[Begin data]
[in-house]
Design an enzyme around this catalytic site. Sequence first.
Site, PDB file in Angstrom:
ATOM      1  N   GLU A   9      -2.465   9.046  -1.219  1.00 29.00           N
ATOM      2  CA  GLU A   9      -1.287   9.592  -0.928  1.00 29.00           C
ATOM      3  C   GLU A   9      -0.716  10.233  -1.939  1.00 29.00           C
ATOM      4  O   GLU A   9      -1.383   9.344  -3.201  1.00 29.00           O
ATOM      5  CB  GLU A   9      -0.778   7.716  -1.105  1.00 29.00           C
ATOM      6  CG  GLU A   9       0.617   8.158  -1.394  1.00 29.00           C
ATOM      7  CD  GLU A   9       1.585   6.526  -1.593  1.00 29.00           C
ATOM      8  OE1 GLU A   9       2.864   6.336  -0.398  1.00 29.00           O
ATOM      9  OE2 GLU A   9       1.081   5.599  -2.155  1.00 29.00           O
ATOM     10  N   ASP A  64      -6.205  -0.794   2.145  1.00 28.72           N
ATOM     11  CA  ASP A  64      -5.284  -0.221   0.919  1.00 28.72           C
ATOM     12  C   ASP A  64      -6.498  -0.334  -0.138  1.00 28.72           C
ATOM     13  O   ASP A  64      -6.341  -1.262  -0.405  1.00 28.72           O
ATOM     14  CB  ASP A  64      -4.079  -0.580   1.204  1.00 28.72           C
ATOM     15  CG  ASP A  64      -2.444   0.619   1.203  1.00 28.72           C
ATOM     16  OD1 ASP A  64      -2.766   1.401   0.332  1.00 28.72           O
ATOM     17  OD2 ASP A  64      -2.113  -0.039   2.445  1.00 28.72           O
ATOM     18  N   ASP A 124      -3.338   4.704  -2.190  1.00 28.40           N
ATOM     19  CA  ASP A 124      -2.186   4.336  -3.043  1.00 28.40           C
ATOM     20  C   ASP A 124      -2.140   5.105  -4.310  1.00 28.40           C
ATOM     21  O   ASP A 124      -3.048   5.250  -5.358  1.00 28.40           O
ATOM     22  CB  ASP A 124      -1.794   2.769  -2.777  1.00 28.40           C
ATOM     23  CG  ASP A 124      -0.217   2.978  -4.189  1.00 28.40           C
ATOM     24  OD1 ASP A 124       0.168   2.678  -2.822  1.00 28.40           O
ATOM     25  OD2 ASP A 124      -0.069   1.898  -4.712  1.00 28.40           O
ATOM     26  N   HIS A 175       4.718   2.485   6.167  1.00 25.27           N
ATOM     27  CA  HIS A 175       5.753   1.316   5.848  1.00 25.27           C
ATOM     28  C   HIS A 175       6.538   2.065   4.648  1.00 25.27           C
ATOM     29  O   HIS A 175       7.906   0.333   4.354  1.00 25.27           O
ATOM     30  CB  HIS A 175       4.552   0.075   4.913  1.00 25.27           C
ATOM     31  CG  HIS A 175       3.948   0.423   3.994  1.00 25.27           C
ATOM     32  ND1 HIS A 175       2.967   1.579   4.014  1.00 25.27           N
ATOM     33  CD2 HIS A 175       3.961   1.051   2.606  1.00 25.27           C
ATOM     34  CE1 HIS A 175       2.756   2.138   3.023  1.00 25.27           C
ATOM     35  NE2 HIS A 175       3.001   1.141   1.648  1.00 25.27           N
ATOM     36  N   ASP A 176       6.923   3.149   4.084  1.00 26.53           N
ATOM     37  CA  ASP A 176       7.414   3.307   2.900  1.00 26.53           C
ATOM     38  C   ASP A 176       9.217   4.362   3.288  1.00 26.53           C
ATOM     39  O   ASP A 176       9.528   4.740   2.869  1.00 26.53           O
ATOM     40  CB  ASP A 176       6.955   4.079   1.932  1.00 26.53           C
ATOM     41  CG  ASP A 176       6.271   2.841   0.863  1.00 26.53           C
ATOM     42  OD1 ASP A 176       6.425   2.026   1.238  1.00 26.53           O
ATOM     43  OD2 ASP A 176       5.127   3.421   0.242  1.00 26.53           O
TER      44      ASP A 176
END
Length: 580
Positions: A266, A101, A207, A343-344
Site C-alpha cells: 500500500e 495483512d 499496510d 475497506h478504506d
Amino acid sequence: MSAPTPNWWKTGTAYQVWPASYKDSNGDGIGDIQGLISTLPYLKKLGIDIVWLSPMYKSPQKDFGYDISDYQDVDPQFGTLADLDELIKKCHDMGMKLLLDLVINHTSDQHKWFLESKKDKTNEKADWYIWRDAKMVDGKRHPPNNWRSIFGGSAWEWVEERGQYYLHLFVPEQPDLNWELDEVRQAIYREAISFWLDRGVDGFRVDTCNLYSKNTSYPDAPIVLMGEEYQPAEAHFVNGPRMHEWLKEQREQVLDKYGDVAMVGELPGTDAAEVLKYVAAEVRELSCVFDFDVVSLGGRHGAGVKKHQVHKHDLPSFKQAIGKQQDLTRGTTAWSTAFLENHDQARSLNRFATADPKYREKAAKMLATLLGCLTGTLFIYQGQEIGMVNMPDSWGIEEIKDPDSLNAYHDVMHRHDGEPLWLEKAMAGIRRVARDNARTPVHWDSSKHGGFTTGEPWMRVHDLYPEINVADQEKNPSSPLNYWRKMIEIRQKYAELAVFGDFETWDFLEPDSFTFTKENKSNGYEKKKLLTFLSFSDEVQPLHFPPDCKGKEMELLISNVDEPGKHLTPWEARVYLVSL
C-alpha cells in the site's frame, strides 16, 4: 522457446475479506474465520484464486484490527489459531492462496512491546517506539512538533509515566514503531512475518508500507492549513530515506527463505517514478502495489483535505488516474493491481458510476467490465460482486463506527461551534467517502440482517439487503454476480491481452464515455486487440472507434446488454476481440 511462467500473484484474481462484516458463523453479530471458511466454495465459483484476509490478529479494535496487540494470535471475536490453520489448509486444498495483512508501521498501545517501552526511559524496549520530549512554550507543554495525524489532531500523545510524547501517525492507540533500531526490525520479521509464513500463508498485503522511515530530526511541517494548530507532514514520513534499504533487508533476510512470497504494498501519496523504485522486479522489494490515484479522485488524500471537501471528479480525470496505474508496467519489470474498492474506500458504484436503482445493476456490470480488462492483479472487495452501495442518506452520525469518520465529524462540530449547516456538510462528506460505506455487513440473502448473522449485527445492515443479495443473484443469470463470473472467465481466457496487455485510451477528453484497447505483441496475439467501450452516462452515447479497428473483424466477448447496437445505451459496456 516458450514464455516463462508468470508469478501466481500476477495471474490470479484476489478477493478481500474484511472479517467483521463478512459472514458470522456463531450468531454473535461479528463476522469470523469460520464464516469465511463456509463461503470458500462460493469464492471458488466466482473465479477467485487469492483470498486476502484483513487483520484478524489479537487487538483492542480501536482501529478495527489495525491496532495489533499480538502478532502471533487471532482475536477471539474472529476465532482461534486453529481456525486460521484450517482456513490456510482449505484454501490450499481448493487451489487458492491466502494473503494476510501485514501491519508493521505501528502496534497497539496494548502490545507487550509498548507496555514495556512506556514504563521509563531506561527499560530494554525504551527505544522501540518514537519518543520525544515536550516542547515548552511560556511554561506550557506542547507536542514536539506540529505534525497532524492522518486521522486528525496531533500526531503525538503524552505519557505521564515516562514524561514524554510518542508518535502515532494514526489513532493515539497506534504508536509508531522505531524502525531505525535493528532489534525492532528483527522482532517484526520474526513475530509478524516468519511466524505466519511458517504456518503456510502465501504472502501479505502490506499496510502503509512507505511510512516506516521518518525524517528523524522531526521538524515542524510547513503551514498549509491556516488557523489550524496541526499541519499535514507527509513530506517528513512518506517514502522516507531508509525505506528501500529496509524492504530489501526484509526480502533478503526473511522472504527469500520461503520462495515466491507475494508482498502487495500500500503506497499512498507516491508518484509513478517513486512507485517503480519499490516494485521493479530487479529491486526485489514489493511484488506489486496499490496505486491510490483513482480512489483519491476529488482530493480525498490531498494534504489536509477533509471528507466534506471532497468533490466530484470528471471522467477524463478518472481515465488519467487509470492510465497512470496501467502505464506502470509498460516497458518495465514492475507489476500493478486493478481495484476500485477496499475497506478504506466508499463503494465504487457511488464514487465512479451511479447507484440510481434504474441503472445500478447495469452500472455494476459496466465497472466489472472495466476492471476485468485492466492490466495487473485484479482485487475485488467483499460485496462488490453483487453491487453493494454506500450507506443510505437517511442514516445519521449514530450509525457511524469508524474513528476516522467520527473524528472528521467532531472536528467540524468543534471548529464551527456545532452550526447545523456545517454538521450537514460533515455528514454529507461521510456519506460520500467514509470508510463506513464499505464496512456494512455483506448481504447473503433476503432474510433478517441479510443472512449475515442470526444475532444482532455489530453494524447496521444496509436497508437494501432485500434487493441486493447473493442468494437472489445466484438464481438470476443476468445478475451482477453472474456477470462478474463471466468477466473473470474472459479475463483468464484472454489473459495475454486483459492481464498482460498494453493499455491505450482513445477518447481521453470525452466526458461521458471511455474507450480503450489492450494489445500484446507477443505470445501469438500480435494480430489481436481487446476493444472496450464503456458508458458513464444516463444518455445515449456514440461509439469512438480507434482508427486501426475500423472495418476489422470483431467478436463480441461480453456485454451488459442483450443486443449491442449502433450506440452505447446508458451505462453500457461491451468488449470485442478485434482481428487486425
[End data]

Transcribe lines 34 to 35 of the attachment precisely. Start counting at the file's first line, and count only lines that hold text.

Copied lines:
ATOM     31  CG  HIS A 175       3.948   0.423   3.994  1.00 25.27           C
ATOM     32  ND1 HIS A 175       2.967   1.579   4.014  1.00 25.27           N